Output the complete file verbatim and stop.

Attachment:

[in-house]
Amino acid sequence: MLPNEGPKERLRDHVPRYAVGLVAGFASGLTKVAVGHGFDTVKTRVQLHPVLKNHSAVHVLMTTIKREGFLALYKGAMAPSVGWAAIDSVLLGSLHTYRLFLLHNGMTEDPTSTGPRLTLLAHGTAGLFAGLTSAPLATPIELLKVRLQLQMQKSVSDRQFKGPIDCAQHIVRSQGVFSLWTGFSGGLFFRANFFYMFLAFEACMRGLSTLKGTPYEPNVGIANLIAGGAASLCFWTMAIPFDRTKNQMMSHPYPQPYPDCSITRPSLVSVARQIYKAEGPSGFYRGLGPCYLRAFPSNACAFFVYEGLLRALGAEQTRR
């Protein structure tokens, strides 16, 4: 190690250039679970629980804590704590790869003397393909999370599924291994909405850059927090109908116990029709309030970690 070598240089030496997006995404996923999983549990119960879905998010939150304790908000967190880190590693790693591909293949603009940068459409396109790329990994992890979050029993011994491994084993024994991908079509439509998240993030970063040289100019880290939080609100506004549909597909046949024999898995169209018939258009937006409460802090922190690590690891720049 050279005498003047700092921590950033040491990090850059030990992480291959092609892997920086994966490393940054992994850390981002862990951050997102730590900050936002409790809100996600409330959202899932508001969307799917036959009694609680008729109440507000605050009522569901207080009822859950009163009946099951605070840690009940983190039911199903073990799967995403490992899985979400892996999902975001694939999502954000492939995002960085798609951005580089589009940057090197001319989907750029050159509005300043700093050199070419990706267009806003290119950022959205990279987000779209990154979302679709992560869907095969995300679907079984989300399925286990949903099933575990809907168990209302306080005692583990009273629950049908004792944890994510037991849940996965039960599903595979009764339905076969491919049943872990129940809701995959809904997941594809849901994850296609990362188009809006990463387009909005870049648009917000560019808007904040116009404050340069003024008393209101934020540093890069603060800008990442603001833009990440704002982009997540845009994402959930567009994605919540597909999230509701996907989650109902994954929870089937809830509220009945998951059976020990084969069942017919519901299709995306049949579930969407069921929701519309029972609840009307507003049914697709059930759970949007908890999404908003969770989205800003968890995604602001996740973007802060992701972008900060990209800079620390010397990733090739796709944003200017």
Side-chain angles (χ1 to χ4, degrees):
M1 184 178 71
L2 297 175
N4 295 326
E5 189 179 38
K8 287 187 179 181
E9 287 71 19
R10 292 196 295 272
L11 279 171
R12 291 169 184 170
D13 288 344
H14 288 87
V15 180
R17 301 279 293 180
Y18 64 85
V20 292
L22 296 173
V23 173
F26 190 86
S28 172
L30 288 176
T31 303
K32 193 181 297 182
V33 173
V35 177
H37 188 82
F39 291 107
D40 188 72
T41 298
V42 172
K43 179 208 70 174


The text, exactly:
[in-house]
Amino acid sequence: MLPNEGPKERLRDHVPRYAVGLVAGFASGLTKVAVGHGFDTVKTRVQLHPVLKNHSAVHVLMTTIKREGFLALYKGAMAPSVGWAAIDSVLLGSLHTYRLFLLHNGMTEDPTSTGPRLTLLAHGTAGLFAGLTSAPLATPIELLKVRLQLQMQKSVSDRQFKGPIDCAQHIVRSQGVFSLWTGFSGGLFFRANFFYMFLAFEACMRGLSTLKGTPYEPNVGIANLIAGGAASLCFWTMAIPFDRTKNQMMSHPYPQPYPDCSITRPSLVSVARQIYKAEGPSGFYRGLGPCYLRAFPSNACAFFVYEGLLRALGAEQTRR
């Protein structure tokens, strides 16, 4: 190690250039679970629980804590704590790869003397393909999370599924291994909405850059927090109908116990029709309030970690 070598240089030496997006995404996923999983549990119960879905998010939150304790908000967190880190590693790693591909293949603009940068459409396109790329990994992890979050029993011994491994084993024994991908079509439509998240993030970063040289100019880290939080609100506004549909597909046949024999898995169209018939258009937006409460802090922190690590690891720049 050279005498003047700092921590950033040491990090850059030990992480291959092609892997920086994966490393940054992994850390981002862990951050997102730590900050936002409790809100996600409330959202899932508001969307799917036959009694609680008729109440507000605050009522569901207080009822859950009163009946099951605070840690009940983190039911199903073990799967995403490992899985979400892996999902975001694939999502954000492939995002960085798609951005580089589009940057090197001319989907750029050159509005300043700093050199070419990706267009806003290119950022959205990279987000779209990154979302679709992560869907095969995300679907079984989300399925286990949903099933575990809907168990209302306080005692583990009273629950049908004792944890994510037991849940996965039960599903595979009764339905076969491919049943872990129940809701995959809904997941594809849901994850296609990362188009809006990463387009909005870049648009917000560019808007904040116009404050340069003024008393209101934020540093890069603060800008990442603001833009990440704002982009997540845009994402959930567009994605919540597909999230509701996907989650109902994954929870089937809830509220009945998951059976020990084969069942017919519901299709995306049949579930969407069921929701519309029972609840009307507003049914697709059930759970949007908890999404908003969770989205800003968890995604602001996740973007802060992701972008900060990209800079620390010397990733090739796709944003200017």
Side-chain angles (χ1 to χ4, degrees):
M1 184 178 71
L2 297 175
N4 295 326
E5 189 179 38
K8 287 187 179 181
E9 287 71 19
R10 292 196 295 272
L11 279 171
R12 291 169 184 170
D13 288 344
H14 288 87
V15 180
R17 301 279 293 180
Y18 64 85
V20 292
L22 296 173
V23 173
F26 190 86
S28 172
L30 288 176
T31 303
K32 193 181 297 182
V33 173
V35 177
H37 188 82
F39 291 107
D40 188 72
T41 298
V42 172
K43 179 208 70 174